San Francisco is a dormitory town for Silicon Valley. Not completely, of course. But unless you regularly drive between Mountain View and San Francisco you probably aren’t aware of the huge fleet of buses that now drives people from San Francisco to other cities: Google in Mountain View, Yahoo all over, Genetech in South San Francisco, Ebay in San Jose. I have a friend who knows Gavin Newsom, the mayor, and keeps trying to get him to come and stand on a bridge over the freeway one morning to see just what is happening where lots of people (me included) largely work in Silicon Valley but live in the city. The traffic is still more jammed entering the city than leaving but it’s getting close. Bauer, who used to just run limos I think, now has a huge fleet of buses with on-board WiFi that they contract out to bring employees down to the valley from San Francisco. They cram the car-pool lane between all those Priuses making the not-so-green 40 mile trip.
San Francisco seems to have a very anti-business culture. Anything efficient and profitable is bad. So if, like me, you live in San Francisco you have to drive for 15 minutes and give your tax dollars to Daly City if you want to go to Home Depot. They finally gave up trying to open a store in San Francisco after 9 years of trying. Of course a Walmart, Ikea or Target is unthinkable. And even Starbucks has problems opening new stores since they (big) compete too effectively against local coffee shops (small, thus good by definition). The reality is that some small coffee shops (like Ritual Roasters) are among the best in the US, and a Starbucks next door wouldn’t do well; and for some a Starbucks in the area would be an improvement. But in any case it makes more sense to let the customers of coffee shops decide who is good rather than the board of supervisors trying to burnish their progressive credentials.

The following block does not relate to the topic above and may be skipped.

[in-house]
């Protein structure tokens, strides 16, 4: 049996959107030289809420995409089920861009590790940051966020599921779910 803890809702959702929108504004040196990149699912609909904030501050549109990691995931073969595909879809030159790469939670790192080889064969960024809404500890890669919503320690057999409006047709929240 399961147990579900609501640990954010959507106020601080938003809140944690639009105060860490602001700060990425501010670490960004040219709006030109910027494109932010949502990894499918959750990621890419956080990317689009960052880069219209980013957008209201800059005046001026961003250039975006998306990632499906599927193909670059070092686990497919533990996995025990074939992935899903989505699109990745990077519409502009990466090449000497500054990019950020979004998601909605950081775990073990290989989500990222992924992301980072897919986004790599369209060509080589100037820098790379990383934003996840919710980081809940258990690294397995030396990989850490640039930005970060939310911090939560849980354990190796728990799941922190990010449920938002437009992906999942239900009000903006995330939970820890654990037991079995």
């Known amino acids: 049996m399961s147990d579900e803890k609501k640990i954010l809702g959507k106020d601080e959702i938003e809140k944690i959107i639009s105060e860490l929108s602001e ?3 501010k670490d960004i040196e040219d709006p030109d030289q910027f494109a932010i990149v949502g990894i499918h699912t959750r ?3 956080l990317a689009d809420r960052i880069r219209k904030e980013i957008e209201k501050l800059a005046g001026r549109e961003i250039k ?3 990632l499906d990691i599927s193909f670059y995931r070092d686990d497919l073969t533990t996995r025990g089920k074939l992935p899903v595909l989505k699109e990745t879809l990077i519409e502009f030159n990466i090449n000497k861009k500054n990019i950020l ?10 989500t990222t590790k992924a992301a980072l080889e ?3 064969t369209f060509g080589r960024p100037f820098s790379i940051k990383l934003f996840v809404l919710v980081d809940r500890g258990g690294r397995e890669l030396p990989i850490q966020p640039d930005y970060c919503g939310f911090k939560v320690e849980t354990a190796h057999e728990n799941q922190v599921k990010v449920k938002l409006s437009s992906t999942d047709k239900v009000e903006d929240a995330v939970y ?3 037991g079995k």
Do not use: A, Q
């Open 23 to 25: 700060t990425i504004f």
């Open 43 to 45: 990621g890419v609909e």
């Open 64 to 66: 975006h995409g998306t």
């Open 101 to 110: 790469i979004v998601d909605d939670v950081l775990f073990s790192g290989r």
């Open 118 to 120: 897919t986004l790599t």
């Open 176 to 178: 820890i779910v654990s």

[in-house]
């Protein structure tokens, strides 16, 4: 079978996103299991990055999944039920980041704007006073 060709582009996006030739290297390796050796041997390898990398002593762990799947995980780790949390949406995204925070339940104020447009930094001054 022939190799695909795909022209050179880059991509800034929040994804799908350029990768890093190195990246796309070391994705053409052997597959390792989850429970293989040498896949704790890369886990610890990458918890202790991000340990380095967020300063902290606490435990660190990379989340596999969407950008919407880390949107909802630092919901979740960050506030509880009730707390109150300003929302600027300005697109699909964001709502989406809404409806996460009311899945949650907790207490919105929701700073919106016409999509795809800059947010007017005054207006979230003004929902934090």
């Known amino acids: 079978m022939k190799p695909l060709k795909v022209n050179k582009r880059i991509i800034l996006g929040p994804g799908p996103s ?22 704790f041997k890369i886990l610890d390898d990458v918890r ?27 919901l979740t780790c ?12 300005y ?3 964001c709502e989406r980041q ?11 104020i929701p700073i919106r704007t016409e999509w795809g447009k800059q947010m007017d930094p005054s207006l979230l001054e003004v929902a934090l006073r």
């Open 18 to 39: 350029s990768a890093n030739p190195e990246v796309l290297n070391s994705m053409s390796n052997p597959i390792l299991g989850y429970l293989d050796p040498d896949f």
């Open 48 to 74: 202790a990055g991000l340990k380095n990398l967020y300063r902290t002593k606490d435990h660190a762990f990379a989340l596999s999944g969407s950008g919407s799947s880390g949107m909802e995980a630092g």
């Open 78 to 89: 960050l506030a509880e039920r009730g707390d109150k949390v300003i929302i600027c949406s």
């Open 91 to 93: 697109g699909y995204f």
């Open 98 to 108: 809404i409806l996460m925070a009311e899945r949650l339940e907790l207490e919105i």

Those two things together—much commerce is out of the city, many inhabitants work outside the city—are warnings that San Francisco is not heeding. San Francisco already has one big problem (as do many cities) that housing is really expensive (at least partially due to economically illiterate policies like rent control and excessive political interference in the planning process making it difficult to build any new housing) and the public schools are crappy. So when a resident has a family, they have to be rich to afford a large enough house and a private school, or they move out. So every year San Francisco can close some schools since there are ever fewer children in the city; famously there are more dogs than kids.
The trend, which is not good, is for San Francisco to depend increasingly on three things: out of town rich people who live elsewhere (often in Nevada due to California’s taxes) but like to keep an apartment in San Francisco (about 20% of the people in the building where I live are like that); people who live in San Francisco and work somewhere else; and tourism. Two of those three groups are spending a lot of money and generating a lot of tax that San Francisco doesn’t get to see, but it does have a lot of the costs associated with them. Of course, tourism brings dollars in from outside but most of the employment it creates is not at the high valued added end of the scale: restaurants, hotels and retail largely generate low-productivity low-pay jobs.
Busboys for San Francisco; on-chip buses in Silicon Valley; wi-fi equipped buses in between.